The Geminid Meteor Shower which remains active from December 4 to 16 will become more active tonight.
Nepal Astronomical Society has said that up to 120 such meteor showers can be viewed in an hour at the time when it is most active.
The Geminids are associated with the near-Earth object 3200 Phaethon, an asteroid that may have undergone a collision with another object in the distant past to produce the stream of particles that Earth runs into — creating the meteor shower, according to the Society.
The asteroid orbits the sun every 1.4 years. It occasionally comes close to Earth (at a safe distance) and also passes very close to the sun, inside of Mercury’s orbit and only 0.15 astronomical units from the sun. (An astronomical unit is the distance between the sun and the Earth: about 93 million miles or 150 million kilometers.)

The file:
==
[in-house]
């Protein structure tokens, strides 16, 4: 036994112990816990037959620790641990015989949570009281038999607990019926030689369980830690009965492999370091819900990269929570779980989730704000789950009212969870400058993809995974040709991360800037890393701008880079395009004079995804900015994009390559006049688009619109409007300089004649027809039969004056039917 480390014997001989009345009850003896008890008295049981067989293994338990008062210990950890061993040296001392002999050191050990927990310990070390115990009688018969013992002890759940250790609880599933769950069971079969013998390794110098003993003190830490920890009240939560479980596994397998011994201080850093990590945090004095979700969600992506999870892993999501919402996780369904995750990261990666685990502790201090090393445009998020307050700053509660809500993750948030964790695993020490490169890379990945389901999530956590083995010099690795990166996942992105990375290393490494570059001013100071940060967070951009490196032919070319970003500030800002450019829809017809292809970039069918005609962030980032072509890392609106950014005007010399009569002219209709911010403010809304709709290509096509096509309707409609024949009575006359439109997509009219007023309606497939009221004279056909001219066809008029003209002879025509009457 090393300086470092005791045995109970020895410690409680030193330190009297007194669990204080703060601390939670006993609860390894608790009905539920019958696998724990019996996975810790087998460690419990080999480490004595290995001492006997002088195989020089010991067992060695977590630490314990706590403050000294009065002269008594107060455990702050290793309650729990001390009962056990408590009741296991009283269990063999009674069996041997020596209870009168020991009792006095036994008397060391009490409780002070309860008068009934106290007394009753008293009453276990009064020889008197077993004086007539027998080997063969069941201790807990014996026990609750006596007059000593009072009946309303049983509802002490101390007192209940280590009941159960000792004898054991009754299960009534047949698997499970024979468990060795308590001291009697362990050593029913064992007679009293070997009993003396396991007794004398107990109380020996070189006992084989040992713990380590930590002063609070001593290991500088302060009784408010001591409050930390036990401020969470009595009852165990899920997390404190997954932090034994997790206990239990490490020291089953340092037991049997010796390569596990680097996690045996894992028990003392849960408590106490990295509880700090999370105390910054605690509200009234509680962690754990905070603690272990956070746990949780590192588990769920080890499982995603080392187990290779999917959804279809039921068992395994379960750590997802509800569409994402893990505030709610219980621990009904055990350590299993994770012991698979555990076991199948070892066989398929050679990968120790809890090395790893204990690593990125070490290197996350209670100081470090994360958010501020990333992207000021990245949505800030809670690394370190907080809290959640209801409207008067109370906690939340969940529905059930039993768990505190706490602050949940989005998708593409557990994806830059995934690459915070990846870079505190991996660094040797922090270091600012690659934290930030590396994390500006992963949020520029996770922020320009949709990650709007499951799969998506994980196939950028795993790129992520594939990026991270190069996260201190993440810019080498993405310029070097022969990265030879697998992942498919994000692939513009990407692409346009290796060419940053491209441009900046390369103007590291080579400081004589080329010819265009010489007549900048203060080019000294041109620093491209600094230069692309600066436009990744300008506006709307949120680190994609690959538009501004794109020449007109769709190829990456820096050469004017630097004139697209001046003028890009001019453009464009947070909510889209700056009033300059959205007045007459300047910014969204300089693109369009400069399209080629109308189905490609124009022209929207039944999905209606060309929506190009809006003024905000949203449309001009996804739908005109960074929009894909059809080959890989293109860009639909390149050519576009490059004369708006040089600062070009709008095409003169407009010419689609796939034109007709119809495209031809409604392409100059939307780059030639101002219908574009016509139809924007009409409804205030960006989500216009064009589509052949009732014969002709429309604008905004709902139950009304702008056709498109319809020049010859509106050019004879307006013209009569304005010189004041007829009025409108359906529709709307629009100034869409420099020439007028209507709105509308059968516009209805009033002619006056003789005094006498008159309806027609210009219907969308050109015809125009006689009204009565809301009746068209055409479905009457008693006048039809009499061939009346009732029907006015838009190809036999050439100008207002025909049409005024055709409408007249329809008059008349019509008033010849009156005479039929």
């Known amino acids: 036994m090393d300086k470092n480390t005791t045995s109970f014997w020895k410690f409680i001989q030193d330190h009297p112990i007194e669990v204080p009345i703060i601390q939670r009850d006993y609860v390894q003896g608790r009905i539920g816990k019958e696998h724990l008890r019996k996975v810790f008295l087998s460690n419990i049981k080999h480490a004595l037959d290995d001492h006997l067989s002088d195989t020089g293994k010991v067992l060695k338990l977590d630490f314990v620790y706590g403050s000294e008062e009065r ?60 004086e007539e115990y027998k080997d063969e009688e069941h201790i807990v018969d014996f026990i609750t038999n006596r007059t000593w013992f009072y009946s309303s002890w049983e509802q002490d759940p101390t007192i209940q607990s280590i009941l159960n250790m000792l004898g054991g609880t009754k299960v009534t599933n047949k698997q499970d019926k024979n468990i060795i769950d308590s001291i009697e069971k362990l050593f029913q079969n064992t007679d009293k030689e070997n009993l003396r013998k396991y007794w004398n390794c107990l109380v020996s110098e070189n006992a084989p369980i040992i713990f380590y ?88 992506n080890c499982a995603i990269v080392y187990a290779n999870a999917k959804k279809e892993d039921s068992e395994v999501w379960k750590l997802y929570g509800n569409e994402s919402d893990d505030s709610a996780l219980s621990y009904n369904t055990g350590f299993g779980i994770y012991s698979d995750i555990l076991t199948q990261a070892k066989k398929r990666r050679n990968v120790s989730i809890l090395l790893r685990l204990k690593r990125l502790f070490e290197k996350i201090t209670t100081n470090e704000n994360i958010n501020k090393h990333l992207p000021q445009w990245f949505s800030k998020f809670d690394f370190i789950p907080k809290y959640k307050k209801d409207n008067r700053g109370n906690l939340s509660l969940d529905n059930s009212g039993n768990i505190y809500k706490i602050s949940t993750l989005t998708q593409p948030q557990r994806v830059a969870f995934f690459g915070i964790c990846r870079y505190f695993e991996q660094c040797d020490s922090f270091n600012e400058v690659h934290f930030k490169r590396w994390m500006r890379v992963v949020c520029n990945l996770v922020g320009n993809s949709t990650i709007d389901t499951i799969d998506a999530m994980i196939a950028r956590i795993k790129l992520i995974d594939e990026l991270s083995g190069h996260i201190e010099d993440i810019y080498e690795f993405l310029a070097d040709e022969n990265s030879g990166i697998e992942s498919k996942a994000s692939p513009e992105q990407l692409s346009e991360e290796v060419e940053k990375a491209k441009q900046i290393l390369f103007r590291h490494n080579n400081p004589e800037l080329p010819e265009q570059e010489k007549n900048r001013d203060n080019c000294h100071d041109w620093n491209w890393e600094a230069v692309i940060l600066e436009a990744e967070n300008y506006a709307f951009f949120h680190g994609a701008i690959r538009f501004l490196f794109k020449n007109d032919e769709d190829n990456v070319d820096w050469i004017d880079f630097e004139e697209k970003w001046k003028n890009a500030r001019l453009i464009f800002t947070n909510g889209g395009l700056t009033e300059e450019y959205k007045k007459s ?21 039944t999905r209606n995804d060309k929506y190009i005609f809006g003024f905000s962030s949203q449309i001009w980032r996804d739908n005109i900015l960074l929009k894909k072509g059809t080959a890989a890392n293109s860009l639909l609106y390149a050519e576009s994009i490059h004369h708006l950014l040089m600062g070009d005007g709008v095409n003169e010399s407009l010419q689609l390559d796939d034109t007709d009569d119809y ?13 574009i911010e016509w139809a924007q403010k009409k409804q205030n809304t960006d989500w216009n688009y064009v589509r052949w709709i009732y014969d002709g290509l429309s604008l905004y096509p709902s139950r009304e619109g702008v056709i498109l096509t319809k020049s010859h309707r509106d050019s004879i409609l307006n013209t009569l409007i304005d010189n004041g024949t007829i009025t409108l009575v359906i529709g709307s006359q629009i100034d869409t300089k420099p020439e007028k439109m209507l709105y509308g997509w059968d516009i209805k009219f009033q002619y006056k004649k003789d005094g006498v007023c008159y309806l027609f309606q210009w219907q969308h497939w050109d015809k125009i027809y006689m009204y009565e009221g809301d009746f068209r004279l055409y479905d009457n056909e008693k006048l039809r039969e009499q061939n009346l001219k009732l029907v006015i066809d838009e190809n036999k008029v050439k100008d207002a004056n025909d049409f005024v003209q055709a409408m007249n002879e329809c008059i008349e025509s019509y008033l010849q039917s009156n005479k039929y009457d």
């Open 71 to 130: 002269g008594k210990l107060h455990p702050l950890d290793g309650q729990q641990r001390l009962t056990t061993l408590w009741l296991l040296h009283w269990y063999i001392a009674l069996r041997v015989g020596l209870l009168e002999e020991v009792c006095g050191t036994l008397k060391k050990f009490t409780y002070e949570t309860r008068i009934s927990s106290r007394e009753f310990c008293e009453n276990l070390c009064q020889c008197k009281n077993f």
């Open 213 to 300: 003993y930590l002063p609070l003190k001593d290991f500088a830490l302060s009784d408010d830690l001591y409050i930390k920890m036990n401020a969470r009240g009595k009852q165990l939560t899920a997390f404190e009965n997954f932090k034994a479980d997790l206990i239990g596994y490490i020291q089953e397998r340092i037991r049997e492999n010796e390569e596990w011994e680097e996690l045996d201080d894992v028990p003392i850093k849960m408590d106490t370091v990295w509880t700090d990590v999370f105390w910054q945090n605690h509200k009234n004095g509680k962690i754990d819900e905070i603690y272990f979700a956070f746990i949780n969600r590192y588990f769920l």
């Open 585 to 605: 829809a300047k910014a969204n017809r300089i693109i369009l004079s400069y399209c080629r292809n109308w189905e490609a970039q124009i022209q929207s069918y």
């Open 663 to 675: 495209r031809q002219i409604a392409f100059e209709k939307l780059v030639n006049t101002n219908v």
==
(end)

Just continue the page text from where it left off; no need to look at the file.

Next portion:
Rocks in space that are about to collide with Earth’s atmosphere are called meteoroids. Those that streak through the atmosphere are called meteors, and if they reach the ground (which won’t happen with the Geminids, as the particles are too small to survive the trip) the rocks are called meteorites.
Those who want to see the spectacle can do so from a place near their homes which is free of light pollution. They can also click photos of this sky spectacle. The appropriate time to watch the Geminid Meteor Shower is between 8:45 pm tonight to 3:56 am tomorrow. There is no need for telescope or binoculars to watch the meteor shower.
The Society members and enthusiasts are going to Nagarkot this evening to view and photograph the meteor shower.